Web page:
Manish Chandra Mishra | Apr 13, 2020 | 7 min read
In spite of the ongoing sugarcane harvest, a group of women sit huddled in a circle having a meeting in a small village in Lundra range of Chhattisgarh's Surguja district, about 100 kilometres away from state capital Raipur. At the sarpanch’s house, Dhaneshwari Bai, a resident of the village, has called an urgent meeting after she spotted a few tree stumps in the forest, indicative of recent felling. The women decided to start round-the-clock patrolling of the forest in the light of the recent violation, even though many were occupied with the sugarcane harvest. At Karahi, a village with about 100 households, women carry out patrolling in groups to protect the forest from further damage.
Earlier, the village had a moderate climate throughout the year but recently, extreme weather events such as droughts have started impacting the residents, mentioned Mangho Bai, a resident of the village.
“We are not literate but we have come to know that the weather is affected owing to massive deforestation,” she said.
The villagers depend on the forest for firewood, medicinal herbs and vegetables and fruits. However, some people would cut a huge number of trees, Mangho said, adding that it prompted her and her sisters in arms to start patrolling.
Reminiscing the greenery that prevailed over the village when she had first come after getting married 15 years ago, Basanti Bai said the green cover now stands depleted and bald patches have emerged.
Karahi became famous three years ago when its women started the initiative to tackle damage to the forest. Several other women from nearby villages have also joined this vigilante force. From patrolling inside the forest throughout the day to raiding the house of the accused, these are all part of the daily routine for these women.
Twenty-five years ago, a few women had come together to form Bachat Samooh (a saving collective) to encourage financial saving. Three years ago, they also introduced saving trees under their agenda.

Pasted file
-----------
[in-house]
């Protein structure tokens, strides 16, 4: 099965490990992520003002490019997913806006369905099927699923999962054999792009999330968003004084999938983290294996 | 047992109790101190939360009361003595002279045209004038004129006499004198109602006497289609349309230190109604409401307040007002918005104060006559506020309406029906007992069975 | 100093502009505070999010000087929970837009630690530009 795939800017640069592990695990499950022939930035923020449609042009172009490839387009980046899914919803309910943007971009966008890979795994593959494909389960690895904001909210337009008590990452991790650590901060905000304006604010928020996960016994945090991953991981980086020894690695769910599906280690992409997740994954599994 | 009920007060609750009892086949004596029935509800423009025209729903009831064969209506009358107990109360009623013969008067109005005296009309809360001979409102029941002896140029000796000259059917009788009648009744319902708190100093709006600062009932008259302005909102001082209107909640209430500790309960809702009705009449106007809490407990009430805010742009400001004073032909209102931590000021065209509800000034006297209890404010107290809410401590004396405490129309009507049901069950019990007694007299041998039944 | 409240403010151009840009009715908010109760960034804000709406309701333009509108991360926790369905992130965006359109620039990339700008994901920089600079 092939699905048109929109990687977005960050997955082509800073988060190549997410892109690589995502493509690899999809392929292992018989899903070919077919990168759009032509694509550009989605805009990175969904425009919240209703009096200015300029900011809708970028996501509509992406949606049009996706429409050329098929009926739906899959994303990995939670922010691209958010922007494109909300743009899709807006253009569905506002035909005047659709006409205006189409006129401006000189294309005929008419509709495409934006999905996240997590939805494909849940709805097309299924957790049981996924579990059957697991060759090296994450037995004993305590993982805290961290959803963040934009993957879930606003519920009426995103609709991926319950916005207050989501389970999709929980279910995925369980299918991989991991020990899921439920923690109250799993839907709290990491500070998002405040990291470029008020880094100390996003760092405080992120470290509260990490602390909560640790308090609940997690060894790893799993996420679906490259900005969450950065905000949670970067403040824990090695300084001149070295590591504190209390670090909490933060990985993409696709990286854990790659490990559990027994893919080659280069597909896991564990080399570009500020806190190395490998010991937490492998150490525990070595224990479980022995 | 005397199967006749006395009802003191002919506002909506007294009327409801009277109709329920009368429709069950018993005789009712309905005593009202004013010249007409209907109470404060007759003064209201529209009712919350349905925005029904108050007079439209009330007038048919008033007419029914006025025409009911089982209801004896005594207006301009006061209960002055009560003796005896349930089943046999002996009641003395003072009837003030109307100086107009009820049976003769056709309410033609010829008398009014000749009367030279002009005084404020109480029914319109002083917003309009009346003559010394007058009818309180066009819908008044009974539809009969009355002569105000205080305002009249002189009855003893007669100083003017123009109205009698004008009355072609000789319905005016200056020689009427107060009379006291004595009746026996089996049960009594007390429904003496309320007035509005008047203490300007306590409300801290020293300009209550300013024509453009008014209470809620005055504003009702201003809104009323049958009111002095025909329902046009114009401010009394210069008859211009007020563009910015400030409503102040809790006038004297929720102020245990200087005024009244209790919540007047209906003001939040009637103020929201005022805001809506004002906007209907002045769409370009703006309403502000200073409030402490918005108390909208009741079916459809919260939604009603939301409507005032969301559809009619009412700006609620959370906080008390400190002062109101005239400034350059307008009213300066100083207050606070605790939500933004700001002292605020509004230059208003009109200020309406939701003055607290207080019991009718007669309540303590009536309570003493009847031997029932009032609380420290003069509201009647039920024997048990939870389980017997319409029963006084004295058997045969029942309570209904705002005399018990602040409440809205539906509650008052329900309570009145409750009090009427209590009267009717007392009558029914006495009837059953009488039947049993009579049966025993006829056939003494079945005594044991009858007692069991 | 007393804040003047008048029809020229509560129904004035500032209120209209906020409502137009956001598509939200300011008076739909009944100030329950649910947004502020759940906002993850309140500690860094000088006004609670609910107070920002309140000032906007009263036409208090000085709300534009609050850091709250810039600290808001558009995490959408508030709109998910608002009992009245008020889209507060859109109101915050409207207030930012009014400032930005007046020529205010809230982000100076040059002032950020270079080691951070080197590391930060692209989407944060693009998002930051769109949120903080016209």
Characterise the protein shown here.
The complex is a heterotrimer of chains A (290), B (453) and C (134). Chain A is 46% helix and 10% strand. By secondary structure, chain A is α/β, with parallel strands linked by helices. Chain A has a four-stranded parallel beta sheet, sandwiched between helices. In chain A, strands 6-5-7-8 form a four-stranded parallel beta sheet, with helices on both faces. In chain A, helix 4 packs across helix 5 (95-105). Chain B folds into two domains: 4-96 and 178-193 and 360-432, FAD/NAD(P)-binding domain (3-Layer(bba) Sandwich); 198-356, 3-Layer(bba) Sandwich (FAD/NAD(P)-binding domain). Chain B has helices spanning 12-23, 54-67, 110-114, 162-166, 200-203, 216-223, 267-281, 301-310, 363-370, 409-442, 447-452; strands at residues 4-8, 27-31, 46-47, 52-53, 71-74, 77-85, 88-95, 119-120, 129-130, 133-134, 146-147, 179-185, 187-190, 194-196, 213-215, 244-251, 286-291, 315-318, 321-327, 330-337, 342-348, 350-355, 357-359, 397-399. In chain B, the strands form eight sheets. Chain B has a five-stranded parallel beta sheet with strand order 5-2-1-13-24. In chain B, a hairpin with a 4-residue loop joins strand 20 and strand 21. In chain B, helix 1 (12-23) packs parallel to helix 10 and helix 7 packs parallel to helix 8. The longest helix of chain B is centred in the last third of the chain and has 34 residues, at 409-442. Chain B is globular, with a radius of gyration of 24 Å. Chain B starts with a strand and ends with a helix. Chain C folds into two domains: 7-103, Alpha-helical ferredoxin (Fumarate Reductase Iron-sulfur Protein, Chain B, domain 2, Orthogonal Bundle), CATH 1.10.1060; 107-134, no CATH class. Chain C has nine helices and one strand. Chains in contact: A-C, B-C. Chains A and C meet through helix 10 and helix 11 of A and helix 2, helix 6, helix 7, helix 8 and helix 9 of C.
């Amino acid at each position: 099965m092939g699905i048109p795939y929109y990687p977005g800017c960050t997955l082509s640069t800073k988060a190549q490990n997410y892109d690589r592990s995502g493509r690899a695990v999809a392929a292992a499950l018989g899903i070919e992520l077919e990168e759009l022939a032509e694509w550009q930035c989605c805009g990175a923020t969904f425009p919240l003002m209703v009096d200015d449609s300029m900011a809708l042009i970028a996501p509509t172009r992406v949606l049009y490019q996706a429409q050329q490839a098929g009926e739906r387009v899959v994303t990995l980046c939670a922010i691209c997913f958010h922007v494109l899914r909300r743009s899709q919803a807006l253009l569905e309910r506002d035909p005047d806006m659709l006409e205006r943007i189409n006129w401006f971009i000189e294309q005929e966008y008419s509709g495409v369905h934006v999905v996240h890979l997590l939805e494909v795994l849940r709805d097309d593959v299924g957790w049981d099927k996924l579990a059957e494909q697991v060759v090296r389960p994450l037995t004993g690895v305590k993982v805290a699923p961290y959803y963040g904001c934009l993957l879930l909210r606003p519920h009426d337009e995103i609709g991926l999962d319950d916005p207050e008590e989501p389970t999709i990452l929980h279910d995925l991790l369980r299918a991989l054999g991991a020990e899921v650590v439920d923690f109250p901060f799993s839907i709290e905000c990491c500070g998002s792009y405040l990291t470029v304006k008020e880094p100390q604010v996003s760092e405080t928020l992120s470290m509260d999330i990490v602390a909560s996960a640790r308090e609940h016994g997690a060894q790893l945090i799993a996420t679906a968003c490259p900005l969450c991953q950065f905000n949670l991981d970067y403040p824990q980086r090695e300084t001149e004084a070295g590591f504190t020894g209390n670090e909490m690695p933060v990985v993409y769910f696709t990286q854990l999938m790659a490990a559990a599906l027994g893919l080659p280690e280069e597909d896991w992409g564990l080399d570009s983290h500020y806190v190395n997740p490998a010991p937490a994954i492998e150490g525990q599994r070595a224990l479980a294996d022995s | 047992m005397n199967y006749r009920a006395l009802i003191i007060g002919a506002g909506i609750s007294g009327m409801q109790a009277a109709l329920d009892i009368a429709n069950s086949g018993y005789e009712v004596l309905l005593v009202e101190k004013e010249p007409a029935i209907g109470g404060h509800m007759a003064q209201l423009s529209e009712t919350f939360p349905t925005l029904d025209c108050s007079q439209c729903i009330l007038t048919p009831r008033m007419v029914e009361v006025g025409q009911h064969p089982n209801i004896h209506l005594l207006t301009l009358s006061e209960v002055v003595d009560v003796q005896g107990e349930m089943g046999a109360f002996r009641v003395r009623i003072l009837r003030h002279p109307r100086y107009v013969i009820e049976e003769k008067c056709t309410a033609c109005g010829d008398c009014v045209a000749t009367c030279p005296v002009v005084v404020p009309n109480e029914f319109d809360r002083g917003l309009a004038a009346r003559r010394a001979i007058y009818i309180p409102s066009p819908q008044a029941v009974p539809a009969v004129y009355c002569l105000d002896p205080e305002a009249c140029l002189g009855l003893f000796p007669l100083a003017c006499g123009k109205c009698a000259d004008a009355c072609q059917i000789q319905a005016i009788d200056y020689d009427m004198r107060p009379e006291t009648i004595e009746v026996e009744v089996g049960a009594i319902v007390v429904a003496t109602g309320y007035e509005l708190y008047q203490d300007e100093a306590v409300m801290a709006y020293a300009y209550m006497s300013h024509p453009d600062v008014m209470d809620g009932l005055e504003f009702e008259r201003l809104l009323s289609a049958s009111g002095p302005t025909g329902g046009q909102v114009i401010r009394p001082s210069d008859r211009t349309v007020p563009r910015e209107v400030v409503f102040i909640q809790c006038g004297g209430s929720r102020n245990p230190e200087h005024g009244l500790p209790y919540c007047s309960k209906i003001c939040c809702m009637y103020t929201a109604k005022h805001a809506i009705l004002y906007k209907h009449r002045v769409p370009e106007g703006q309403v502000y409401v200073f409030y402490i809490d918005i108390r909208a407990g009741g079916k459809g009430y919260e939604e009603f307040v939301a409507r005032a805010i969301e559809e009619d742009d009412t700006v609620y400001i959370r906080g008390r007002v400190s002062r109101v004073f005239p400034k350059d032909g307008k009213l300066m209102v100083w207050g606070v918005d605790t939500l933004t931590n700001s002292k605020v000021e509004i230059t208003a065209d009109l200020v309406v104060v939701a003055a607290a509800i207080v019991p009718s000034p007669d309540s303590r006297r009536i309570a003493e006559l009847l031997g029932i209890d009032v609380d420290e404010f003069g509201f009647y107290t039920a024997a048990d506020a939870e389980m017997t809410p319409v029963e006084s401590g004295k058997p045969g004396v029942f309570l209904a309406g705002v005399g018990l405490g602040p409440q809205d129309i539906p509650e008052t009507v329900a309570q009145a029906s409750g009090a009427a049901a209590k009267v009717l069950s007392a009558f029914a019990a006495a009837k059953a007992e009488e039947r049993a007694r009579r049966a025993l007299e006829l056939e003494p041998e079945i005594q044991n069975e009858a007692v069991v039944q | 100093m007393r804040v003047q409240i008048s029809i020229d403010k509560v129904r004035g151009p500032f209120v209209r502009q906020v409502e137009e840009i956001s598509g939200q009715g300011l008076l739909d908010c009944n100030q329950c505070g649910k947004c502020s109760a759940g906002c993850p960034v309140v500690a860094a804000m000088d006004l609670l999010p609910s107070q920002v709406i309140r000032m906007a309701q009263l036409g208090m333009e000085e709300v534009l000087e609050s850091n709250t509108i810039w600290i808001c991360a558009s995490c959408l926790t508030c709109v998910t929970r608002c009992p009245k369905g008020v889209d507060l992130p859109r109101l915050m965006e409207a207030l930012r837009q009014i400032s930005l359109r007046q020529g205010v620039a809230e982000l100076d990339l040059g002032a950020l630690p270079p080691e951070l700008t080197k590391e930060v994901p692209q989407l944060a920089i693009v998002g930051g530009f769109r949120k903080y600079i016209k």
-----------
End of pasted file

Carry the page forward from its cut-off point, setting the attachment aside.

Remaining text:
The forest cover of Surguja district happened to be 45.55% of its geographical area in 2009, coming down to 45.02% in 2019. The exploitation has also affected forest produce and many fruits, such as mahua and gooseberry (amla), are only found rarely now, villagers say.
“Earlier we used to collect Shatawar, Kali Musli, Galfuli and many other natural medicines that helped cure many diseases, but these days it is difficult to find such plants in the forest anymore,” stated Shiv Sagar Ram, a resident and local medicinal plants expert, attributing the reason of decline to deforestation.
“Kaanda [a root vegetable] used to be our primary vegetable during summers and could have been found by digging one or two feet, but now the particular species [of the vegetable] has vanished from the forest," he added.
Situated in the northern part of Chhattisgarh, Surguja district is spread over plateaus, highlands, plains and hills with a large portion of the total area covered by forests. The majority of the local inhabitants comprise tribes and migrants from other marginalised groups. The residents use resources from the forest to fulfil their daily requirements such as fuelwood, medicines, timber wood for constructing houses and agricultural equipment.
According to a study published in the International Journal of Science and Research, the present condition of the forest area in Surguja district is extremely poor and many plant species of this region have disappeared while many other species are endangered and rare.
Extraction of timber and non-timber products is not permitted since a quantitative estimation of the extraction is not possible.